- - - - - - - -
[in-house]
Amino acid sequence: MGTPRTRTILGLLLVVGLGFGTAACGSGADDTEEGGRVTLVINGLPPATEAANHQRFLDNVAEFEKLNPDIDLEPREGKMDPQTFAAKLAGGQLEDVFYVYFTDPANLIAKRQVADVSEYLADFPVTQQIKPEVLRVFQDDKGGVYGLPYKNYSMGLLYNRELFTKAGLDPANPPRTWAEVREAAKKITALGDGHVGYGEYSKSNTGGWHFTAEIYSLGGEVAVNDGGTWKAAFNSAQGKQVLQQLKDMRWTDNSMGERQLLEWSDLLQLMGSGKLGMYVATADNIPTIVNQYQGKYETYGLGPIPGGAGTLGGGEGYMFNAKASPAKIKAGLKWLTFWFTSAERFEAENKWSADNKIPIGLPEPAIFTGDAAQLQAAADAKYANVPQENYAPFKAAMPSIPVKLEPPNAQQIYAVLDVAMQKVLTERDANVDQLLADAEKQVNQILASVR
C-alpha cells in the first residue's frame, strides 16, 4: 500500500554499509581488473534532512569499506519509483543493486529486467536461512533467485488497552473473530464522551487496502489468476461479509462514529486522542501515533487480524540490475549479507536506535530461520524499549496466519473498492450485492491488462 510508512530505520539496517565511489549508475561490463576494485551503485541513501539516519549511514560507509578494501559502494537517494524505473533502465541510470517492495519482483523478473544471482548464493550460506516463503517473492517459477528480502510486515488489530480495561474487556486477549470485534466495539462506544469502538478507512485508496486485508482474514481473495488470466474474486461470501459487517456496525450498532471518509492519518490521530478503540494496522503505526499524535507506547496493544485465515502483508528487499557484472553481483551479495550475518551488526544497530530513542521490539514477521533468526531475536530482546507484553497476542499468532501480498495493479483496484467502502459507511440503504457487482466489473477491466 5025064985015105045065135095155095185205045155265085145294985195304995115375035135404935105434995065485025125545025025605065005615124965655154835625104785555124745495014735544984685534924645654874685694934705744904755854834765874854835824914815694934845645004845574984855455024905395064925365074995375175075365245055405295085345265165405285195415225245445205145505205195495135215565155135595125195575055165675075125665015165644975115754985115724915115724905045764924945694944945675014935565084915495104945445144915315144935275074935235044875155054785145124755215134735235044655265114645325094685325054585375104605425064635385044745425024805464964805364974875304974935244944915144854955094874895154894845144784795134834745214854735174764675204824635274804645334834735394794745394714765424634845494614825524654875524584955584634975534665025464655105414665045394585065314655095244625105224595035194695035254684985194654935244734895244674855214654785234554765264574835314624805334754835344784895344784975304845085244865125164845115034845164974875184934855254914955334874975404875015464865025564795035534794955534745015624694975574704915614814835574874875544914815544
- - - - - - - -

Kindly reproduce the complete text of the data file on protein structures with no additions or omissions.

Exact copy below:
[in-house]
Amino acid sequence: MGTPRTRTILGLLLVVGLGFGTAACGSGADDTEEGGRVTLVINGLPPATEAANHQRFLDNVAEFEKLNPDIDLEPREGKMDPQTFAAKLAGGQLEDVFYVYFTDPANLIAKRQVADVSEYLADFPVTQQIKPEVLRVFQDDKGGVYGLPYKNYSMGLLYNRELFTKAGLDPANPPRTWAEVREAAKKITALGDGHVGYGEYSKSNTGGWHFTAEIYSLGGEVAVNDGGTWKAAFNSAQGKQVLQQLKDMRWTDNSMGERQLLEWSDLLQLMGSGKLGMYVATADNIPTIVNQYQGKYETYGLGPIPGGAGTLGGGEGYMFNAKASPAKIKAGLKWLTFWFTSAERFEAENKWSADNKIPIGLPEPAIFTGDAAQLQAAADAKYANVPQENYAPFKAAMPSIPVKLEPPNAQQIYAVLDVAMQKVLTERDANVDQLLADAEKQVNQILASVR
C-alpha cells in the first residue's frame, strides 16, 4: 500500500554499509581488473534532512569499506519509483543493486529486467536461512533467485488497552473473530464522551487496502489468476461479509462514529486522542501515533487480524540490475549479507536506535530461520524499549496466519473498492450485492491488462 510508512530505520539496517565511489549508475561490463576494485551503485541513501539516519549511514560507509578494501559502494537517494524505473533502465541510470517492495519482483523478473544471482548464493550460506516463503517473492517459477528480502510486515488489530480495561474487556486477549470485534466495539462506544469502538478507512485508496486485508482474514481473495488470466474474486461470501459487517456496525450498532471518509492519518490521530478503540494496522503505526499524535507506547496493544485465515502483508528487499557484472553481483551479495550475518551488526544497530530513542521490539514477521533468526531475536530482546507484553497476542499468532501480498495493479483496484467502502459507511440503504457487482466489473477491466 5025064985015105045065135095155095185205045155265085145294985195304995115375035135404935105434995065485025125545025025605065005615124965655154835625104785555124745495014735544984685534924645654874685694934705744904755854834765874854835824914815694934845645004845574984855455024905395064925365074995375175075365245055405295085345265165405285195415225245445205145505205195495135215565155135595125195575055165675075125665015165644975115754985115724915115724905045764924945694944945675014935565084915495104945445144915315144935275074935235044875155054785145124755215134735235044655265114645325094685325054585375104605425064635385044745425024805464964805364974875304974935244944915144854955094874895154894845144784795134834745214854735174764675204824635274804645334834735394794745394714765424634845494614825524654875524584955584634975534665025464655105414665045394585065314655095244625105224595035194695035254684985194654935244734895244674855214654785234554765264574835314624805334754835344784895344784975304845085244865125164845115034845164974875184934855254914955334874975404875015464865025564795035534794955534745015624694975574704915614814835574874875544914815544